U.S. President Donald Trump speaks to members of the media on the South Lawn after returning to the White House in Washington, D.C., U.S.. (Photographer: Olivier Douliery/Pool via Bloomberg)

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U.S. shares push to a four-month high, British lawmakers reject a no-deal Brexit, and American officials ground Boeing’s troubled jets. Here are some of the things people in markets are talking about.

Trump Shows Openness on Xi Summit

President Donald Trump acknowledged concerns in Beijing about the possibility of him walking away from a trade deal, offering to push back a summit with Chinese leader Xi Jinping until a final deal is reached. “We could do it either way,” Trump told reporters Wednesday at the White House. “We can have the deal completed and come and sign or we can get the deal almost completed and negotiate some of the final points. I would prefer that. But it doesn’t matter that much.” Trump’s comments represent a shift in tone from late last month, when he raised the prospect of a “signing summit” with Xi. Chinese officials have growing increasingly wary of putting Xi in a position where he might be embarrassed by an unpredictable Trump or forced into last-minute concessions.

U.S. Stocks Climb to Four-Month High 

Asia stocks look set to advance after  U.S. shares extended their rally to a third day Wednesday. The S&P 500 Index climbed, wiping out last week’s losses and reaching a four-month high as it held above the key 2,800 level. Oil prices surged to the highest this year as a decline in U.S. crude and fuel stockpiles added to evidence of a tightening market. Treasury yields edged up as orders for business equipment increased in January by the most in six months while the producer price index rose less than forecast in February.  The pound jumped the most since April 2017 as the U.K. Parliament voted to reject a no-deal Brexit.

Brexit Mess Thickens

Britain’s Parliament voted to avoid an economically disastrous no-deal split from the European Union, opening the door to delaying Brexit and radically re-writing the terms of the divorce. The House of Commons voted 321 to 278 to reject leaving the EU with no deal and is now expected to seek to delay Brexit in the hope of securing a better deal, which markets would welcome. Speaking in the Commons, Prime Minster Theresa May said Parliament must now face up to the consequences of its decisions. She announced that if a deal can be agreed to in the coming days, she would ask the EU for a short “technical” extension to the March 29 exit day deadline. If there’s no deal, the delay will be much longer, she said.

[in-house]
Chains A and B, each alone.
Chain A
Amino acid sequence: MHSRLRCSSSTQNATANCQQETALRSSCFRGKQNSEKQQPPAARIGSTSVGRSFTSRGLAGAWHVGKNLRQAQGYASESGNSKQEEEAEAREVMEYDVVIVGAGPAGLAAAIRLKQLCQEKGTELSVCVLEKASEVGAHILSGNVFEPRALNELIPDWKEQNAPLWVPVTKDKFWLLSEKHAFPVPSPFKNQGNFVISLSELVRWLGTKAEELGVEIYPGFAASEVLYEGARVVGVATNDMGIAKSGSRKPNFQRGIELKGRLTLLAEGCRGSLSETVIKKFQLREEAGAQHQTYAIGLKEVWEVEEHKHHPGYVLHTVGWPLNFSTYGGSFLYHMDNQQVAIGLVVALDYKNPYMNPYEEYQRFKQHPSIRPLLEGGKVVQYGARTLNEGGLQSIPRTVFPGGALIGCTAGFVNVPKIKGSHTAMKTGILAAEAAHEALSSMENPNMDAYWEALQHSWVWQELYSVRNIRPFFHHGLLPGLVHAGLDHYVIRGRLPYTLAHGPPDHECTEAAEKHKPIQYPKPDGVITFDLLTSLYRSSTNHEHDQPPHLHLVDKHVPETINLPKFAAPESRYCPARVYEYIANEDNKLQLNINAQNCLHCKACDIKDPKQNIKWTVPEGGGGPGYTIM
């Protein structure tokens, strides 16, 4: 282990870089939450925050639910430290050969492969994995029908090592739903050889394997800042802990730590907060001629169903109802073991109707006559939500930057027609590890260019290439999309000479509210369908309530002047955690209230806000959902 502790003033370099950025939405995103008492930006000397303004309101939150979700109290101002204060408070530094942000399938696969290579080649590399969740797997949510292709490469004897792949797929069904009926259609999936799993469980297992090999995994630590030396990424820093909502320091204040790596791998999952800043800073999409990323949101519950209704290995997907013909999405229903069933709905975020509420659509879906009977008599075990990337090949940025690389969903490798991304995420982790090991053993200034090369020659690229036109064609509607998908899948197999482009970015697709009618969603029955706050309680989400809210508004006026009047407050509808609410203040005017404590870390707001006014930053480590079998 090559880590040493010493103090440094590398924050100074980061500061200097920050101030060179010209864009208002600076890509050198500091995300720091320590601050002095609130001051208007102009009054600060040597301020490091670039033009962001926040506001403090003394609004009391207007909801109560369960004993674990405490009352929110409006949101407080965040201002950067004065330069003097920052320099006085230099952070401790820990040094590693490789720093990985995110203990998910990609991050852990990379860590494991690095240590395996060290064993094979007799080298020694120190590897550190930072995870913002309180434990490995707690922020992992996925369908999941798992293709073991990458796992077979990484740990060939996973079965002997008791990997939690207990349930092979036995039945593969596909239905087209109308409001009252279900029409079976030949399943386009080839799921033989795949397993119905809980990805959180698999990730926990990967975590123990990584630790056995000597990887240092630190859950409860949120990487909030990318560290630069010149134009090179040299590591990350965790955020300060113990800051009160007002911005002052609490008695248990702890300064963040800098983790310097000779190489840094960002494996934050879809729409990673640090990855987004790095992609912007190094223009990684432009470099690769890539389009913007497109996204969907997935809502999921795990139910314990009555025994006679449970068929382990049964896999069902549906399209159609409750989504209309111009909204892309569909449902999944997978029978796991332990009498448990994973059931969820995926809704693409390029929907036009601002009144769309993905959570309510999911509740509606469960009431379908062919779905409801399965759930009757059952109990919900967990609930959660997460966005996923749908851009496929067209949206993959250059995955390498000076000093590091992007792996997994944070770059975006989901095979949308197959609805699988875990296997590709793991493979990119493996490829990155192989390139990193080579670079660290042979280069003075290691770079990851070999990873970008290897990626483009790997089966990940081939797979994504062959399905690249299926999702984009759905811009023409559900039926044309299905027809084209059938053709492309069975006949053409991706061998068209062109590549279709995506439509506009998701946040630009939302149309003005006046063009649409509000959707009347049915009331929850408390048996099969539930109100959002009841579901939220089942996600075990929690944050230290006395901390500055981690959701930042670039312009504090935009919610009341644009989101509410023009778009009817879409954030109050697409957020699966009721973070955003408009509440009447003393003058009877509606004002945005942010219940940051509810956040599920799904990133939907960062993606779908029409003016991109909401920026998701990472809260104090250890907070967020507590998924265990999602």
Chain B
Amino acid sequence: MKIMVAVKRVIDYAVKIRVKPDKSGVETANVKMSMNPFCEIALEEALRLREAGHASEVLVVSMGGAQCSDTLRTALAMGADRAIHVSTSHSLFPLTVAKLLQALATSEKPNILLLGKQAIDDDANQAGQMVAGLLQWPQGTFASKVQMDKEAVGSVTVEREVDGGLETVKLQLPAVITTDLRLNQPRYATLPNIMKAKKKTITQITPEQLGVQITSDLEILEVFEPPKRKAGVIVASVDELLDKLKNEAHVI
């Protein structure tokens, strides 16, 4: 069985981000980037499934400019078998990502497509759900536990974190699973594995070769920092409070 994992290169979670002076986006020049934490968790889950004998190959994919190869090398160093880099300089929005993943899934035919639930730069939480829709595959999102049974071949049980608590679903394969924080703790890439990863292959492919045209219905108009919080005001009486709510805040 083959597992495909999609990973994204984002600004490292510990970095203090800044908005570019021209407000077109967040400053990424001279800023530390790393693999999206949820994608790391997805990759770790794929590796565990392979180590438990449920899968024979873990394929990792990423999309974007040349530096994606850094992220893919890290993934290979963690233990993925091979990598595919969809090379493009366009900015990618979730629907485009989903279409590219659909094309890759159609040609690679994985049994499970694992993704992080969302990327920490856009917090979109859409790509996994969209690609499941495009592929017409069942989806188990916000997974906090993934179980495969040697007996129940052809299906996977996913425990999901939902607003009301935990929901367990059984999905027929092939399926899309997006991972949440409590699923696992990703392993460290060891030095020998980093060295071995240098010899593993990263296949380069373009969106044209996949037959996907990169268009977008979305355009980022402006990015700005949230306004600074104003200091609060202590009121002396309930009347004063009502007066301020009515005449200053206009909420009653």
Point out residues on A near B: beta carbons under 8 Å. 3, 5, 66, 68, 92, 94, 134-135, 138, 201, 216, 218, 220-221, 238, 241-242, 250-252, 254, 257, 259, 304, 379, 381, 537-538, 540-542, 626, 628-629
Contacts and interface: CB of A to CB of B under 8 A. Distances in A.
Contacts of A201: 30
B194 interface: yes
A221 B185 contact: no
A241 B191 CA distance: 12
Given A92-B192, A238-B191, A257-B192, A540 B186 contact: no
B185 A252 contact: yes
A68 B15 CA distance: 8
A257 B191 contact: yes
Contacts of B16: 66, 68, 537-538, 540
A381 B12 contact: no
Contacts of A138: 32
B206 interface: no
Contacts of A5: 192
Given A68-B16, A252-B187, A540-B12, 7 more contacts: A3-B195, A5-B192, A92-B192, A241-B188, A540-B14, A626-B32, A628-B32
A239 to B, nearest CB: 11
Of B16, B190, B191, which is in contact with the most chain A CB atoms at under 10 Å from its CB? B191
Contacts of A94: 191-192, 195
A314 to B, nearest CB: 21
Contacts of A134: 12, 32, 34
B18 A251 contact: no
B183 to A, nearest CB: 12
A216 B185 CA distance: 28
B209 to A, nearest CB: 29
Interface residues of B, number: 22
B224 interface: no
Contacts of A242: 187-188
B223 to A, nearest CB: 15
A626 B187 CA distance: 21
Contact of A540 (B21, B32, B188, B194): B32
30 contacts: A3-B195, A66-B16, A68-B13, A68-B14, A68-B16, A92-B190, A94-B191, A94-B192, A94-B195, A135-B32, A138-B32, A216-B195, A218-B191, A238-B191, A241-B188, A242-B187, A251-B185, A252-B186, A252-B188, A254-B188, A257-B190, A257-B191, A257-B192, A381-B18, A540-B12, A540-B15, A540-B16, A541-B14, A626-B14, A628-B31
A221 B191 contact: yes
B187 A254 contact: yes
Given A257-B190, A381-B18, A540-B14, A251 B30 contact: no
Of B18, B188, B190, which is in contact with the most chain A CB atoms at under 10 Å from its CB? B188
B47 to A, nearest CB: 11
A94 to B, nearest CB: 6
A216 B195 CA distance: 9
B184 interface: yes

FAA Grounds Boeing Jet  

American regulators reversed course Wednesday and will ground Boeing Co.’s top-selling 737 Max family of airliners amid safety concerns about the crash of one of the planes in Ethiopia on Sunday. “The safety of the American people and all people is our paramount concern,” Trump said Wednesday at the White House. “Hopefully they will very quickly come up with the answer but until they do the planes are grounded.” The move is a major blow to Boeing, which has lost billions of dollars in value this week as nation after nation announced they were barring the aircraft from flying. The Federal Aviation Administration’s expected action followed Canada’s decision to halt Max flights earlier Wednesday. 

U.S. Calls Out China on Human Rights 

Secretary of State Michael Pompeo said China was in a “league of its own” as a human-rights violator over a campaign that’s put hundreds of thousands of Uighurs and other Muslims in reeducation camps, an unusually blunt U.S. critique of the country’s abuses. Presenting the State Department’s annual report on global human rights practices, Pompeo said on Wednesday that China had interred more than 1 million Uighurs, ethnic Kazakhs and other Muslims in camps “designed to erase their religious and ethnic identities.”

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